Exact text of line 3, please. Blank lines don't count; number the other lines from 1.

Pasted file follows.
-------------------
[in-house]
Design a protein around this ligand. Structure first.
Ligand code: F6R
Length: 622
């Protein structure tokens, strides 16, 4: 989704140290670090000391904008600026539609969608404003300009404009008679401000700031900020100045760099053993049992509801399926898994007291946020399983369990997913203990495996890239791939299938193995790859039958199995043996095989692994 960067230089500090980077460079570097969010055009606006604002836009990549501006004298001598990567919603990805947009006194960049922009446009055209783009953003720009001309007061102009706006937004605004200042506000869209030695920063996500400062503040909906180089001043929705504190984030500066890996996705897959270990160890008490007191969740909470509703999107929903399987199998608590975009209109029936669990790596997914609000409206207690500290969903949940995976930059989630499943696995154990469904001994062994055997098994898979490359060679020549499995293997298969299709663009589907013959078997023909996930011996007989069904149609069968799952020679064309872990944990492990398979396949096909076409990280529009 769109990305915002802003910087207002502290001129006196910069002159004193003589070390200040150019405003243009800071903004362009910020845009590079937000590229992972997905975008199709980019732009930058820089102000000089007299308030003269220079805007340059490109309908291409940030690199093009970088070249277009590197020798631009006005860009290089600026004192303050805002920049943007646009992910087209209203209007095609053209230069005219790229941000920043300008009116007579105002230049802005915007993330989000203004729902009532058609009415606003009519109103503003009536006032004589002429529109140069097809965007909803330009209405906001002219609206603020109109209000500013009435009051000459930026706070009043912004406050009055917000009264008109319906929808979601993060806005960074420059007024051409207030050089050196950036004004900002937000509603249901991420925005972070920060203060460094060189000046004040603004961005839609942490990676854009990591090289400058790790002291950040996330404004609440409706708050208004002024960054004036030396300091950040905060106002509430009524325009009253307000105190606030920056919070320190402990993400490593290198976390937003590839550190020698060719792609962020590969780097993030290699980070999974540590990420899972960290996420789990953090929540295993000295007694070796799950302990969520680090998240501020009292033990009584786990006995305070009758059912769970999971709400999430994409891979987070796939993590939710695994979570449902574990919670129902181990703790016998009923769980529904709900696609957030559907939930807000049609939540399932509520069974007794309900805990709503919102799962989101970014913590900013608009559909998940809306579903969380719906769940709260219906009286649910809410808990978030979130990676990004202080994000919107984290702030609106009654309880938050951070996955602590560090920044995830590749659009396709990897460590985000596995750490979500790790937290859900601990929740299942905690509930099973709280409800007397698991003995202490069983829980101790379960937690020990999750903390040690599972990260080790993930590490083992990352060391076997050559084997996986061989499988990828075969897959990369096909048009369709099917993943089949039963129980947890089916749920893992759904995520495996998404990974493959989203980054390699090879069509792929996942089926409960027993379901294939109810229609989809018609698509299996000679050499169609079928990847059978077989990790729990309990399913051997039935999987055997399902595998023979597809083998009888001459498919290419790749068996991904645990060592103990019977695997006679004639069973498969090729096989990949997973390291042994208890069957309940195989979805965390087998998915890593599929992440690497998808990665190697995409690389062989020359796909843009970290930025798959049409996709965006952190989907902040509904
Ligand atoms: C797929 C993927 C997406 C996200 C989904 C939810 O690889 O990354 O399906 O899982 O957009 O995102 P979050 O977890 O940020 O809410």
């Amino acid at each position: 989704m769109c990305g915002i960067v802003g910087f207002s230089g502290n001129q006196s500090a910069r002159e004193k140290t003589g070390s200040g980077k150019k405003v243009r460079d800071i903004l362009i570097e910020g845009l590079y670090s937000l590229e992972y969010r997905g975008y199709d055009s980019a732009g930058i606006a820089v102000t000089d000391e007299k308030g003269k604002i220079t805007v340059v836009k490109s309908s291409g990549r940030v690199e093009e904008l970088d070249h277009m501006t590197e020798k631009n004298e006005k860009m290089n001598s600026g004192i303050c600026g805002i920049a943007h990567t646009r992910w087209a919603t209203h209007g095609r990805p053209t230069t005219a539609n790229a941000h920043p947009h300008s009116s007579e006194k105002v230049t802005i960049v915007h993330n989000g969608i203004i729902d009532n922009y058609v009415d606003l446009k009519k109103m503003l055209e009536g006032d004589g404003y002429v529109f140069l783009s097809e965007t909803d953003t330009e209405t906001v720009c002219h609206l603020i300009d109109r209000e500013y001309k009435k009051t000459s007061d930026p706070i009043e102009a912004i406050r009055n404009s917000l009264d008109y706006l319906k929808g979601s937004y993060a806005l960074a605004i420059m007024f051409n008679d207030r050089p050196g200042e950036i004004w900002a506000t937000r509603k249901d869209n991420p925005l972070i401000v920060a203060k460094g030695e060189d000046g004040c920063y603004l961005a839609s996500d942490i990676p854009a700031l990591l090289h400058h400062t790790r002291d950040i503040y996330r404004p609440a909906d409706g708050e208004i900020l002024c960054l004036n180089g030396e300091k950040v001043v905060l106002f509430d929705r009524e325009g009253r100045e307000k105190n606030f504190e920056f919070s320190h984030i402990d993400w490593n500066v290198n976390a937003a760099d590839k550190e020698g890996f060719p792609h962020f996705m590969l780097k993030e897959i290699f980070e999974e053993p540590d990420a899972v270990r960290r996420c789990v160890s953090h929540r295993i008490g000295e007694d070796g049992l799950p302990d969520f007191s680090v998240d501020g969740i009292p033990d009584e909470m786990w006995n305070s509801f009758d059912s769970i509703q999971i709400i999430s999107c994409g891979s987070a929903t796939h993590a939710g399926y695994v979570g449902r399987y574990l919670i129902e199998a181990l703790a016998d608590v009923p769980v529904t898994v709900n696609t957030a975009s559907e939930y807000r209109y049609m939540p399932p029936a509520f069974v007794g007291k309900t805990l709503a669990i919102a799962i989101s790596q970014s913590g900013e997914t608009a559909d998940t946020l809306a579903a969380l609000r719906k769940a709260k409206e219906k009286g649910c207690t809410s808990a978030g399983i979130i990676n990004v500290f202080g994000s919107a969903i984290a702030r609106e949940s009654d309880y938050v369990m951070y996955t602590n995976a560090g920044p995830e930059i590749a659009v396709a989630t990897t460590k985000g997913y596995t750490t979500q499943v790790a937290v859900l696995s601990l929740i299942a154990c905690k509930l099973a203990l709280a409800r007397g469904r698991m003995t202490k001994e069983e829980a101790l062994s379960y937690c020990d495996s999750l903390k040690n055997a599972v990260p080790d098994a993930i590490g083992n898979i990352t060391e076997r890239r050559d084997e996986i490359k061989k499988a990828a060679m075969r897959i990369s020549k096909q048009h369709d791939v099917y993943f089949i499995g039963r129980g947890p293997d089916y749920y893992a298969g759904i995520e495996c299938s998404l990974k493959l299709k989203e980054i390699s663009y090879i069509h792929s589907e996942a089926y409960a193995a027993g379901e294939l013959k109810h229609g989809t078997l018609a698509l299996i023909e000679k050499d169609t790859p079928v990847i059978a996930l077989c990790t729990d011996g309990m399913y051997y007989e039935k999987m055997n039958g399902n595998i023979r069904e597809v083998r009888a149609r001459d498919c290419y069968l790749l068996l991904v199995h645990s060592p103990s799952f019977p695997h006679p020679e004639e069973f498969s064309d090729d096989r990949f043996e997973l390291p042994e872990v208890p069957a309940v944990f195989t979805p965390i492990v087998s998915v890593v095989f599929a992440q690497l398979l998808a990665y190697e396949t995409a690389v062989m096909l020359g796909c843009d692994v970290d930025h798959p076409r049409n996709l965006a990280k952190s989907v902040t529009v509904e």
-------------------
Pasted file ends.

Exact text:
Ligand code: F6R